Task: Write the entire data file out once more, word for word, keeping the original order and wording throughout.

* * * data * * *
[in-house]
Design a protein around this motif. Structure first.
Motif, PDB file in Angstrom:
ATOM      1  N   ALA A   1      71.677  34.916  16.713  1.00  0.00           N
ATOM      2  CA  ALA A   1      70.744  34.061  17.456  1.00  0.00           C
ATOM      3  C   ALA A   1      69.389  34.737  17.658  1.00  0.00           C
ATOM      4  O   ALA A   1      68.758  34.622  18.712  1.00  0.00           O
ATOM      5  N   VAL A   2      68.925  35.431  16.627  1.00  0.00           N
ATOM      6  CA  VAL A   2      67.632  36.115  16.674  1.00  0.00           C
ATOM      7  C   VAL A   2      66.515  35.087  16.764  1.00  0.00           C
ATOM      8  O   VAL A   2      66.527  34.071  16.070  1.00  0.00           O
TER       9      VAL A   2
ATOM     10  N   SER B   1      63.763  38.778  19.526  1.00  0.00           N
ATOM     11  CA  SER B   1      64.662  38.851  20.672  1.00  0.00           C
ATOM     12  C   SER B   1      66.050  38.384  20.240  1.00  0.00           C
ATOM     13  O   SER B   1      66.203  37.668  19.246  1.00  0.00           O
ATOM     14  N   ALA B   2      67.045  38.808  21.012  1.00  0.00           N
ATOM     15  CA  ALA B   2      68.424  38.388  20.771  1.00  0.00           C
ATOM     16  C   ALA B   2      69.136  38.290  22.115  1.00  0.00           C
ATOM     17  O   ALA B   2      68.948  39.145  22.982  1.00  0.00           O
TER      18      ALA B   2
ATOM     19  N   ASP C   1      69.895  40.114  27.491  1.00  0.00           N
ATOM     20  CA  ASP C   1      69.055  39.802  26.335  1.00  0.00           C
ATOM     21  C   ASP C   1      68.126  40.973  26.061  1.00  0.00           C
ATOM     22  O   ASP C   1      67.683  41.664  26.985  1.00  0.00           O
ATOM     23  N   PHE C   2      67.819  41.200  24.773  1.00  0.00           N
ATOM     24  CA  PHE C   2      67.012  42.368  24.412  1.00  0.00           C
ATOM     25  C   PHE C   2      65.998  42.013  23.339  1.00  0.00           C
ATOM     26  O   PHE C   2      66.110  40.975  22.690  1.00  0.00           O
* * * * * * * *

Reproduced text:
[in-house]
Design a protein around this motif. Structure first.
Motif, PDB file in Angstrom:
ATOM      1  N   ALA A   1      71.677  34.916  16.713  1.00  0.00           N
ATOM      2  CA  ALA A   1      70.744  34.061  17.456  1.00  0.00           C
ATOM      3  C   ALA A   1      69.389  34.737  17.658  1.00  0.00           C
ATOM      4  O   ALA A   1      68.758  34.622  18.712  1.00  0.00           O
ATOM      5  N   VAL A   2      68.925  35.431  16.627  1.00  0.00           N
ATOM      6  CA  VAL A   2      67.632  36.115  16.674  1.00  0.00           C
ATOM      7  C   VAL A   2      66.515  35.087  16.764  1.00  0.00           C
ATOM      8  O   VAL A   2      66.527  34.071  16.070  1.00  0.00           O
TER       9      VAL A   2
ATOM     10  N   SER B   1      63.763  38.778  19.526  1.00  0.00           N
ATOM     11  CA  SER B   1      64.662  38.851  20.672  1.00  0.00           C
ATOM     12  C   SER B   1      66.050  38.384  20.240  1.00  0.00           C
ATOM     13  O   SER B   1      66.203  37.668  19.246  1.00  0.00           O
ATOM     14  N   ALA B   2      67.045  38.808  21.012  1.00  0.00           N
ATOM     15  CA  ALA B   2      68.424  38.388  20.771  1.00  0.00           C
ATOM     16  C   ALA B   2      69.136  38.290  22.115  1.00  0.00           C
ATOM     17  O   ALA B   2      68.948  39.145  22.982  1.00  0.00           O
TER      18      ALA B   2
ATOM     19  N   ASP C   1      69.895  40.114  27.491  1.00  0.00           N
ATOM     20  CA  ASP C   1      69.055  39.802  26.335  1.00  0.00           C
ATOM     21  C   ASP C   1      68.126  40.973  26.061  1.00  0.00           C
ATOM     22  O   ASP C   1      67.683  41.664  26.985  1.00  0.00           O
ATOM     23  N   PHE C   2      67.819  41.200  24.773  1.00  0.00           N
ATOM     24  CA  PHE C   2      67.012  42.368  24.412  1.00  0.00           C
ATOM     25  C   PHE C   2      65.998  42.013  23.339  1.00  0.00           C
ATOM     26  O   PHE C   2      66.110  40.975  22.690  1.00  0.00           O